It’s been more than 12 years since a reporter from Allure magazine sounded alarms about the Brazilian Blowout hair treatment, a salon product that offered frizz-free hair straightening that would last for two to three months. The technique worked really well if you wanted shiny, pin-straight hair—but it also had terrible fumes that many stylists and clients complained about. The product caused headaches, nausea, throat irritation, nosebleeds and other negative side effects.

Allure decided to conduct testing. They obtained samples of several types of Brazilian hair treatments from stylists, salons and one manufacturer, and sent them to an independent lab, where they found the culprit.

“The samples we tested contained at least ten times more formaldehyde than the .2% that is determined to be safe by the Cosmetic Ingredient Review Expert Panel (CIR),” wrote reporter Mary A. Fischer.

Misrepresentation of ingredients

With formaldehyde concentrations of 3.4 to 22.1%, the products were often mislabeled and misrepresented. In 2010, the FDA took notice of the complaints about these products: They posted warnings about how the treatments released formaldehyde and said that they would investigate “to determine whether the products or ingredients would be likely to cause health problems under the intended conditions of use.”

FDA drags its heels

Then … nothing much happened. The FDA sent warning letters to the Brazilian Blowout manufacturer, California-based GIB LLC, about its misleading labeling, which claimed that the product was “formaldehyde-free.” The Occupational Safety and Health Administration (OSHA) slapped two manufacturers and two distributors with health violations for their hair products containing formaldehyde. The penalties added up to just under $50,000. A private class action lawsuit was successful, and the Brazilian Blowout manufacturer was ordered to pay out $4.5 million.

But they were not ordered to change the product—just to take the “formaldehyde free” wording off its labels.

The European Commission, the executive arm of the EU, took more decisive action: They banned formaldehyde from cosmetic products in 2019.

Why formaldehyde, anyway?

Considering formaldehyde is a known carcinogen, why would these companies be so stubborn about keeping it in their products?

“[Formaldehyde] helps to bind your hair strand with the keratin molecules that will be connecting,” said chemist Christine Martey-Ochola, PhD, co-founder and CEO of Nuele Hair, an organic hair serum and natural hair product company. “That’s a critical component of treatment, and it's good in that regard—it’s considered a really good binding agent.” [Keratin is a protein found in hair, skin and nails.]

Formaldehyde is longer-lasting and may straighten better than other hair-smoothing treatments, but the tradeoff is safety.

How concerned should we be?

Dr. Martey-Ochola told Medical Daily that exposure to even small quantities of formaldehyde increases the risk of cancer, especially if the person has predisposing factors.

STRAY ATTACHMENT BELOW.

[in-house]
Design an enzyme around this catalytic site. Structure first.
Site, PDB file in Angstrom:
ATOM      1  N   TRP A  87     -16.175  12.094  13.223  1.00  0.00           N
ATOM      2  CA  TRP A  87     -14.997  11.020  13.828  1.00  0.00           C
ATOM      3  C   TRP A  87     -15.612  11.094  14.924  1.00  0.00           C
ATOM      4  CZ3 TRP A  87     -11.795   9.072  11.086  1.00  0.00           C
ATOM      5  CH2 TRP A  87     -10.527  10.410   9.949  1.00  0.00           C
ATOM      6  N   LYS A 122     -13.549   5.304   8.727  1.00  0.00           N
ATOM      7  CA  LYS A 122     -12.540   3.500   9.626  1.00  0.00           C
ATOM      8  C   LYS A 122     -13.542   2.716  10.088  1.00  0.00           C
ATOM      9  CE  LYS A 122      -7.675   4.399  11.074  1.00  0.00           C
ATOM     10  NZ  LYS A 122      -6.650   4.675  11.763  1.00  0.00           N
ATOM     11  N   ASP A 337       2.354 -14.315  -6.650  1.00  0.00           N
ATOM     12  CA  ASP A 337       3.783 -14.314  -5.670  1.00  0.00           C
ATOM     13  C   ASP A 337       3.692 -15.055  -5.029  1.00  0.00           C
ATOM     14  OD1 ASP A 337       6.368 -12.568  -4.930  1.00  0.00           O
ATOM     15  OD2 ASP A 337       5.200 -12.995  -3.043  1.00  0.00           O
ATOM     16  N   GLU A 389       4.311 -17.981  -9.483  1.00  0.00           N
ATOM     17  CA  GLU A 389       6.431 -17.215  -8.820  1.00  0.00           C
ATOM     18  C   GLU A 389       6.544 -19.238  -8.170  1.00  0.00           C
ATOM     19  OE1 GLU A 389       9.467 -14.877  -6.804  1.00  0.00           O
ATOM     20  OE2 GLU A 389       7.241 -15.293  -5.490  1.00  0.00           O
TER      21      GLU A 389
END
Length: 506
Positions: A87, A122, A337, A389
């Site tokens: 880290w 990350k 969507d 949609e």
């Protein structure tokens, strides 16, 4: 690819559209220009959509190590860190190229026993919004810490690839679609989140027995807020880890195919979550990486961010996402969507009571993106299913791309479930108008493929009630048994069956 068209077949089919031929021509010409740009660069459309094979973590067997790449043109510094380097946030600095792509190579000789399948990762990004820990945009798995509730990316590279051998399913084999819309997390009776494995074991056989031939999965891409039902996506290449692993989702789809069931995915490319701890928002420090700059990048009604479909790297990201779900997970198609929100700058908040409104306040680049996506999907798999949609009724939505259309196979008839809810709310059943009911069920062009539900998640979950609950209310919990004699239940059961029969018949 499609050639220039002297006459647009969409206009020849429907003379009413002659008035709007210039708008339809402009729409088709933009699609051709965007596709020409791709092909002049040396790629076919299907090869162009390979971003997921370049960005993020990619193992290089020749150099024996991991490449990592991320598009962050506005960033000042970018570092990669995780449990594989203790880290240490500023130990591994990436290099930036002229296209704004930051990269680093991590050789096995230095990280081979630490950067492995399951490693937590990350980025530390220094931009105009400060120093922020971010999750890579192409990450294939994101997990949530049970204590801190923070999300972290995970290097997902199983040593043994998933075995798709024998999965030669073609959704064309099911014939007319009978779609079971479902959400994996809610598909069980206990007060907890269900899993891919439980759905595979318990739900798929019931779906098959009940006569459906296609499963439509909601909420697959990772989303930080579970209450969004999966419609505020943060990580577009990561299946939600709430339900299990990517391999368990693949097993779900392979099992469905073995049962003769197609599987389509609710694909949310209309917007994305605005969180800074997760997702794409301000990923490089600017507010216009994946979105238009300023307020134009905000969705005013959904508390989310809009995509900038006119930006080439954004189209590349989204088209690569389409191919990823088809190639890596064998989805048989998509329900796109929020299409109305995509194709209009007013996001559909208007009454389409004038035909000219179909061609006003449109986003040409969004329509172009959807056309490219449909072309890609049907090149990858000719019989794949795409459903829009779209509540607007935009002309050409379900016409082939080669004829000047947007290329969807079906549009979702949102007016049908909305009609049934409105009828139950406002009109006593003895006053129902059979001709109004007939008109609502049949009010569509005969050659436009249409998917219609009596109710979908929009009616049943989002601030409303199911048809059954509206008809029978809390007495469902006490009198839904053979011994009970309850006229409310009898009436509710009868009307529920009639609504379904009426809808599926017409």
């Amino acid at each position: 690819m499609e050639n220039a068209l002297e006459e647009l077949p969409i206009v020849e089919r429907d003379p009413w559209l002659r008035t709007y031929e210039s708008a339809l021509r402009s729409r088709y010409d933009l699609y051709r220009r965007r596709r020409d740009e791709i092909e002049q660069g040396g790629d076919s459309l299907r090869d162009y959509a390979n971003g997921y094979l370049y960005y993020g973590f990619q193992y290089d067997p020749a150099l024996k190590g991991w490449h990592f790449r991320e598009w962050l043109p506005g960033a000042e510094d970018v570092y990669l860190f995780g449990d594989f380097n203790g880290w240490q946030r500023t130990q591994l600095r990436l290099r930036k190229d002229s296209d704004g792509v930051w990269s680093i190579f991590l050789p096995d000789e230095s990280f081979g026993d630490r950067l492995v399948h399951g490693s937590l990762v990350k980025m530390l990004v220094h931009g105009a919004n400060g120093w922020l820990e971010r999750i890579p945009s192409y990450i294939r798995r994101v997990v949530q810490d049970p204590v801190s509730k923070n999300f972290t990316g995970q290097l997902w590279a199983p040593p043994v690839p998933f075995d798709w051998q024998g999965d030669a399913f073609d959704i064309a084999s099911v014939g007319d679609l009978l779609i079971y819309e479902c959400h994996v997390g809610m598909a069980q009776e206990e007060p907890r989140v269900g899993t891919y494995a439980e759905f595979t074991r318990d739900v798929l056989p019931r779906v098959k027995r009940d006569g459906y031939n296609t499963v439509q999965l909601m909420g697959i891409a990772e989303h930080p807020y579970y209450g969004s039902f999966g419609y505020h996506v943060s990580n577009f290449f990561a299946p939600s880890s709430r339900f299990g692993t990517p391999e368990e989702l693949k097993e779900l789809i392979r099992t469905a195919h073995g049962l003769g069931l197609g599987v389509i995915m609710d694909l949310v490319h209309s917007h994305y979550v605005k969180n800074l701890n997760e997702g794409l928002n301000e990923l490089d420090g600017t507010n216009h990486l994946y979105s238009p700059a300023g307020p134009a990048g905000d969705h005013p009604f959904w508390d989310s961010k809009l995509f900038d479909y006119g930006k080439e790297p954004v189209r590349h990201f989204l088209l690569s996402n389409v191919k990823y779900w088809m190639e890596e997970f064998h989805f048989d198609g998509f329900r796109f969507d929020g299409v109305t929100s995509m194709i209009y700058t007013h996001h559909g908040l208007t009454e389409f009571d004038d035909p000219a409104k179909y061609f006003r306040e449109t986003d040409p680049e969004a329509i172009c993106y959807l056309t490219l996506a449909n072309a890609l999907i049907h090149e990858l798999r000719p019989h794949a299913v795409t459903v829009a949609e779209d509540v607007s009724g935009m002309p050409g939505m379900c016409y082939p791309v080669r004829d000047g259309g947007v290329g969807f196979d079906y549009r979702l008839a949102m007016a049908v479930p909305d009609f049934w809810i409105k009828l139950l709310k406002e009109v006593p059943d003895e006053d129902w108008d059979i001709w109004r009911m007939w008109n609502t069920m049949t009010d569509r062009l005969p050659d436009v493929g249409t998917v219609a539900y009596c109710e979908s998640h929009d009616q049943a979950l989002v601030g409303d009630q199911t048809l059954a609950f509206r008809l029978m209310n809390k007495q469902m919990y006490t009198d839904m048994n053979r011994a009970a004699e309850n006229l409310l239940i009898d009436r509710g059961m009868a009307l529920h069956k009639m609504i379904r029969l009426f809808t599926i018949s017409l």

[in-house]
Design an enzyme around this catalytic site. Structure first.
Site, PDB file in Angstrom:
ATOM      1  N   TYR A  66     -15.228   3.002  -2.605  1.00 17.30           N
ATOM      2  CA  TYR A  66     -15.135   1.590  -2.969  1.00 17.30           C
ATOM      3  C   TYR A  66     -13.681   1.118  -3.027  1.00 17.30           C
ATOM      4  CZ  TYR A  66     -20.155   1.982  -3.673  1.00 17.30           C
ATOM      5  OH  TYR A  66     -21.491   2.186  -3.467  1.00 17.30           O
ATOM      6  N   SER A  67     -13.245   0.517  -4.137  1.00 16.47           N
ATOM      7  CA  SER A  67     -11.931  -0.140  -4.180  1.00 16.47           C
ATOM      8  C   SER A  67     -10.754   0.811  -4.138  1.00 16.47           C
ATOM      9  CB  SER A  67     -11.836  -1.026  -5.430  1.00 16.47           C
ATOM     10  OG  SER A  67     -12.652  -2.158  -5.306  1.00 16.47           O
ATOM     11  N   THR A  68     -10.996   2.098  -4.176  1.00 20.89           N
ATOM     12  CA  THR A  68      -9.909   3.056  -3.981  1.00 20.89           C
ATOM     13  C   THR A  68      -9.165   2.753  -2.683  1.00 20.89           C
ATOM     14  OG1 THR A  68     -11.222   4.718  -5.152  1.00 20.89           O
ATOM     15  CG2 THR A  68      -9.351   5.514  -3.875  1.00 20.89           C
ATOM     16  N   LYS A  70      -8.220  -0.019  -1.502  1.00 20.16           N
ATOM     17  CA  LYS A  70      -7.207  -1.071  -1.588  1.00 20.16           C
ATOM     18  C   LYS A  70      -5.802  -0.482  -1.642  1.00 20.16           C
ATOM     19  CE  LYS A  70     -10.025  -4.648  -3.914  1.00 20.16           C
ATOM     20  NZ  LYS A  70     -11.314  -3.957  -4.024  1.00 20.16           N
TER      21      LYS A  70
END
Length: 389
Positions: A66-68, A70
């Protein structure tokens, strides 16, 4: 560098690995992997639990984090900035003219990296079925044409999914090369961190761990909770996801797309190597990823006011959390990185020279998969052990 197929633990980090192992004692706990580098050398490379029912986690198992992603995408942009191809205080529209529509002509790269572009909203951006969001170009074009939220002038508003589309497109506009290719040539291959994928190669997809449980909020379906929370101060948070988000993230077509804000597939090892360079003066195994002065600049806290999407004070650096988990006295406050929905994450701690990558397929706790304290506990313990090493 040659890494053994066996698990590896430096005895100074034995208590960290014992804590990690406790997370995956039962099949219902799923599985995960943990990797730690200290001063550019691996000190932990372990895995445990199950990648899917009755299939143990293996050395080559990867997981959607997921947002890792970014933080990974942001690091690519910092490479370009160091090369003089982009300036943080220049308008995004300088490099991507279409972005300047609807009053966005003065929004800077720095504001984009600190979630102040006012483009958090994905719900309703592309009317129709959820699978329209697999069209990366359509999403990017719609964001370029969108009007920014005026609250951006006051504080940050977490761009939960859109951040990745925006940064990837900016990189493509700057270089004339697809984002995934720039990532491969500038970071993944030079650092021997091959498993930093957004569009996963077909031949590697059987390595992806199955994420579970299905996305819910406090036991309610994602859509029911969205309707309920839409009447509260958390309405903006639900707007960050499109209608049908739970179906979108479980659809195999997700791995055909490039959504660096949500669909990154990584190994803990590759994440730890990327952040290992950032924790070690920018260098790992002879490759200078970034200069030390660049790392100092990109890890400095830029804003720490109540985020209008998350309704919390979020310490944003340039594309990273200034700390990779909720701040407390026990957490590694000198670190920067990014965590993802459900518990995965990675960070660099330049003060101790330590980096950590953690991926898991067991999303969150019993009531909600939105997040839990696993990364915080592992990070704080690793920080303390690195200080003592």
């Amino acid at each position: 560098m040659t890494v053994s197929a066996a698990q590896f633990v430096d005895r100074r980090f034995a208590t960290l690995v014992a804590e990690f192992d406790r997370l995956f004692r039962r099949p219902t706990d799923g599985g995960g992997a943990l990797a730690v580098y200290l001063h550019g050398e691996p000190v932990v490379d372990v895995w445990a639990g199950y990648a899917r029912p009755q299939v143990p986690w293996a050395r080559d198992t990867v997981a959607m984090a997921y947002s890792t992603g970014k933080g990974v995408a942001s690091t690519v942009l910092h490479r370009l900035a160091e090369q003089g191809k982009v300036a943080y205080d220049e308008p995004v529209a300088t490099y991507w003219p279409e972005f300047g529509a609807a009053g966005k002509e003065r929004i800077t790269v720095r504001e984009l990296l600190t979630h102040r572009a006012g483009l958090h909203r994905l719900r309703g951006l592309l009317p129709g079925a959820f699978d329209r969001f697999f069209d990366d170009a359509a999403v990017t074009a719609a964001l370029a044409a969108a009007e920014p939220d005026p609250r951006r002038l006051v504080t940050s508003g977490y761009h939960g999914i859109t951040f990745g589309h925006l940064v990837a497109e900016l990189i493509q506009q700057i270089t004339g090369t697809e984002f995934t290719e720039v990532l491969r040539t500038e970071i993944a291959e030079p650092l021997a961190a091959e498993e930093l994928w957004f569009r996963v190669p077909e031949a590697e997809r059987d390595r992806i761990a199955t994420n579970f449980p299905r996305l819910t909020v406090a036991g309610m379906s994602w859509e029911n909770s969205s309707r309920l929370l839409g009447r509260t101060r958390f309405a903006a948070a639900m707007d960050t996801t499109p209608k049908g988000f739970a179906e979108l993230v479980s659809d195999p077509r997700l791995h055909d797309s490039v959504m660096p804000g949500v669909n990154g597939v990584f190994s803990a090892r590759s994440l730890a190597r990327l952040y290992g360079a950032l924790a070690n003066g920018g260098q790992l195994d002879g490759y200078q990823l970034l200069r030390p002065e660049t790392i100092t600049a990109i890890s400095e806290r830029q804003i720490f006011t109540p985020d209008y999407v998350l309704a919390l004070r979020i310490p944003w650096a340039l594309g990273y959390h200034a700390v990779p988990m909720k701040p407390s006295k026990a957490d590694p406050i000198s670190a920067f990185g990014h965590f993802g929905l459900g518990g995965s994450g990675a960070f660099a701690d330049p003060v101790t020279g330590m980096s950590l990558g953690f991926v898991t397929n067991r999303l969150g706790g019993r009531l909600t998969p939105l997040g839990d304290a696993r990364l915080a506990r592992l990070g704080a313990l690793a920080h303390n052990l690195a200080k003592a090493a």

“I understand in the world of beauty, sometimes people think, ‘In order for me to arrive at this look, I'm willing to expose myself to X, Y, and Z.’ So at that point, it's a consumer decision, but I think that it's important that you know the risks, just like with cigarettes,” she said. “For the longest time, cigarette manufacturers knew that cigarettes could cause cancer, but it took a significant lawsuit to get that information out. Now consumers are informed by a warning label from the Surgeon General.”

How do companies get away with misrepresenting ingredients?

One complicating factor is that the products themselves rarely contain formaldehyde directly. They contain methylene glycol and similar compounds, which are derivatives of formaldehyde, or basically liquid formaldehyde.

“Methylene glycol has two extra hydrogens. When it's exposed to air, you lose those hydrogens. And that's when you form the actual formaldehyde molecule,” explained Dr. Martey-Ochola. “You must expose the product to air to use it, and then apply heat, which exacerbates the problem. This releases formaldehyde and creates a danger for the stylist and the consumer. So they’re using a technicality to get away with it.”

Salons often say that their spaces are “well-ventilated,” which helps but doesn’t remove the risks.

The take home

Environmental Working Group and others have pushed hard for the FDA to finally enact a ban on formaldehyde in hair products, but a 2018 lawsuit against the FDA went nowhere.

As for the FDA, a spokesperson told Medical Daily: “The FDA continues to monitor safety issues regarding hair-smoothing products and will communicate the potential risks associated with the use of these products with consumers. We also evaluate products for safety and labeling on a case-by-case basis. The most recent information on this subject, including the risks associated with formaldehyde, also known as formalin and methylene glycol in hair-smoothing products, can be found on the FDA website.” The FDA says to read all labels.

Dr. Martey-Ochola said it’s time for the FDA to take this more seriously. “I think it's important that manufacturers are kind of held to account for the potential downsides. The FDA needs to reevaluate this.”

In the meantime, consumers should be aware that, even if their stylist says a keratin treatment is “formaldehyde free,” it likely isn’t.

Jenna Glatzer ( ) is the author of more than 30 books, including Celine Dion’s authorized biography.